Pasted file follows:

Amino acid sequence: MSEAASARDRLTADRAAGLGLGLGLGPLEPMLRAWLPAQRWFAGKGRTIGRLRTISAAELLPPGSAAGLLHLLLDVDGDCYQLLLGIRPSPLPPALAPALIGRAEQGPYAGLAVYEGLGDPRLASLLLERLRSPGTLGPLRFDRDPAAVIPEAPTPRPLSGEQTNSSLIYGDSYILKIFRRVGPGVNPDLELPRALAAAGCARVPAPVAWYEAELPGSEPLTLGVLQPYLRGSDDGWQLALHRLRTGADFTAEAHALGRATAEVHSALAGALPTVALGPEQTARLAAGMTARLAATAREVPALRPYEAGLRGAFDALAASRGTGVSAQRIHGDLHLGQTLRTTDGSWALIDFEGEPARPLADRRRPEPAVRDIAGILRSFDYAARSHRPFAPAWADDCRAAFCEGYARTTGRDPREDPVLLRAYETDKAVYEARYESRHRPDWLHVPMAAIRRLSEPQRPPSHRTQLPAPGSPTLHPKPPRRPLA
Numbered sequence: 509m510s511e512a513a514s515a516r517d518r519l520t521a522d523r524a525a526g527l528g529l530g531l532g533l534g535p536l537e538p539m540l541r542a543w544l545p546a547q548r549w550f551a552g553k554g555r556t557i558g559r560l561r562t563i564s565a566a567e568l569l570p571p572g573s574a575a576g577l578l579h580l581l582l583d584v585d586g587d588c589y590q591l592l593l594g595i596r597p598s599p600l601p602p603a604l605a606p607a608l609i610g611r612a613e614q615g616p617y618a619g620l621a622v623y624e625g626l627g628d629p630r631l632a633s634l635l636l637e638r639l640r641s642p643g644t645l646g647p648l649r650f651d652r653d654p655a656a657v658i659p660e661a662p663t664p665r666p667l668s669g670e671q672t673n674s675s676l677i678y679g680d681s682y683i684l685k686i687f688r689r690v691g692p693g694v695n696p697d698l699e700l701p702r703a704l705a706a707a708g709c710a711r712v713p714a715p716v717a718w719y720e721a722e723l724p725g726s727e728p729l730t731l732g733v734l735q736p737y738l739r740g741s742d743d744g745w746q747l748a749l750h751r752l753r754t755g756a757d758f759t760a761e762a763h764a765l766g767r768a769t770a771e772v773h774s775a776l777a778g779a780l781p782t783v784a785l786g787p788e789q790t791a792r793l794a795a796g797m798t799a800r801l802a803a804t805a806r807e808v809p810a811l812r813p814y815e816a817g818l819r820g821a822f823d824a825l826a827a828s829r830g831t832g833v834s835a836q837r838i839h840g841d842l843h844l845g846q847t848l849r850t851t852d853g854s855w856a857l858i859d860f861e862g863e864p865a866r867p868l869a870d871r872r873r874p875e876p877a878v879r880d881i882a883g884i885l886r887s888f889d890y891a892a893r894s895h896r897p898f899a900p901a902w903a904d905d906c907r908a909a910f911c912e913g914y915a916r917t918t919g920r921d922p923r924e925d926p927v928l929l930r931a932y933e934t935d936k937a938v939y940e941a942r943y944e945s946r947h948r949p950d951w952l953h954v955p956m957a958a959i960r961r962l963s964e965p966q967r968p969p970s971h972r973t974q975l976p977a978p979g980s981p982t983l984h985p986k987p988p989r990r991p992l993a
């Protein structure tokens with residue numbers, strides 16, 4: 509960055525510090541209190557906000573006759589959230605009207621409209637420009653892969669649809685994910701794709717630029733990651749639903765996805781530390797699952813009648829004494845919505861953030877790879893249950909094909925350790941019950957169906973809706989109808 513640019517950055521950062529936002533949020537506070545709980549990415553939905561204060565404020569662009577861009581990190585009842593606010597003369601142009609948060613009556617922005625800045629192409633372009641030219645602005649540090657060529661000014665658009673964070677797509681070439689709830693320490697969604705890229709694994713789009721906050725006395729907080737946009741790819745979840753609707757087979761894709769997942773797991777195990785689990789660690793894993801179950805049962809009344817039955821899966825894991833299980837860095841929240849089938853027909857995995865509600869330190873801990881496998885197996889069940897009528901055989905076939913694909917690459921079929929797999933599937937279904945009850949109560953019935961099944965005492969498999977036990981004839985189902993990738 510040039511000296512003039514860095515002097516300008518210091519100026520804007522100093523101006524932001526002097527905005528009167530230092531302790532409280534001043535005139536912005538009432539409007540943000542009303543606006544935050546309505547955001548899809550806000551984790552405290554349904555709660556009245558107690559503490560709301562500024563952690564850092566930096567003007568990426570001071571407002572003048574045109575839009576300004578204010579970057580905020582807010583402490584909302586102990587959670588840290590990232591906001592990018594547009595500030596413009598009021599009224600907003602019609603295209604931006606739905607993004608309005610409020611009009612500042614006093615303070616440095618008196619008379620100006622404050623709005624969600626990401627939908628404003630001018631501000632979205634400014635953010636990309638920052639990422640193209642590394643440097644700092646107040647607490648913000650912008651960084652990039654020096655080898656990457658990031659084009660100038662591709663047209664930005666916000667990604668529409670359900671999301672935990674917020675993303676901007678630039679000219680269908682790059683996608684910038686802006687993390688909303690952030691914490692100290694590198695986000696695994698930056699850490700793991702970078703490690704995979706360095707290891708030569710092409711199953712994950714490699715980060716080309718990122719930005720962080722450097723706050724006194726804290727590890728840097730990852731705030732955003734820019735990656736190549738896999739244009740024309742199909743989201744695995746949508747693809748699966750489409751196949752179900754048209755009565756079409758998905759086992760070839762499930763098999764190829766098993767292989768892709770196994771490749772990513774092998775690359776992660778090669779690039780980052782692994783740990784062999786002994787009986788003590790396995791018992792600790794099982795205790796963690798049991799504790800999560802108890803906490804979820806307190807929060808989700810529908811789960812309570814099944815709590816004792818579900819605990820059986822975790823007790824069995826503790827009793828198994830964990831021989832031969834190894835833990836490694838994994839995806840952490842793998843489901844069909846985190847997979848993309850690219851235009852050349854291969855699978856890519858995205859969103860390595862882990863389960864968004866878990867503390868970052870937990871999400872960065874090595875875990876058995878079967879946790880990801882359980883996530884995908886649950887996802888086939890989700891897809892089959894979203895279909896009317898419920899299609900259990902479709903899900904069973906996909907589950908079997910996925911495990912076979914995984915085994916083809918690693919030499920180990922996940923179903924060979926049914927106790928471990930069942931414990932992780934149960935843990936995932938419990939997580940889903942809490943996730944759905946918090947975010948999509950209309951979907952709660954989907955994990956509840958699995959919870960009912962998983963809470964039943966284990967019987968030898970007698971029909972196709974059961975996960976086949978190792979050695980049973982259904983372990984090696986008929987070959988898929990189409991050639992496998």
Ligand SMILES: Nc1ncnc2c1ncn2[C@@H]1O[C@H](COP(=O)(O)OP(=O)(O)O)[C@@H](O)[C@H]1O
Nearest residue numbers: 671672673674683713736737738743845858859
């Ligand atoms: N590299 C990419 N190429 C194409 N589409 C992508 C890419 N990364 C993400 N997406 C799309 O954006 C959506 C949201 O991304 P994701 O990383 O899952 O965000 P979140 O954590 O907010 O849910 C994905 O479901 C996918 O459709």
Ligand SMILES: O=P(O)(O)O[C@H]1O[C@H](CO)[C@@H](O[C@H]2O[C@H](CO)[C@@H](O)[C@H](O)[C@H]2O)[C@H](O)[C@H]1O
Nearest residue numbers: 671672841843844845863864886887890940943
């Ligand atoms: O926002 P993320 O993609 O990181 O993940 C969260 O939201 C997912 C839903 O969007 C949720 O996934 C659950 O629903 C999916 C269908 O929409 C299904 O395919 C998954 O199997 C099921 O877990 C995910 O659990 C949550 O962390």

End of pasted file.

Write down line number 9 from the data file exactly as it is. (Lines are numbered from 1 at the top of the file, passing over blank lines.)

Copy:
């Ligand atoms: O926002 P993320 O993609 O990181 O993940 C969260 O939201 C997912 C839903 O969007 C949720 O996934 C659950 O629903 C999916 C269908 O929409 C299904 O395919 C998954 O199997 C099921 O877990 C995910 O659990 C949550 O962390």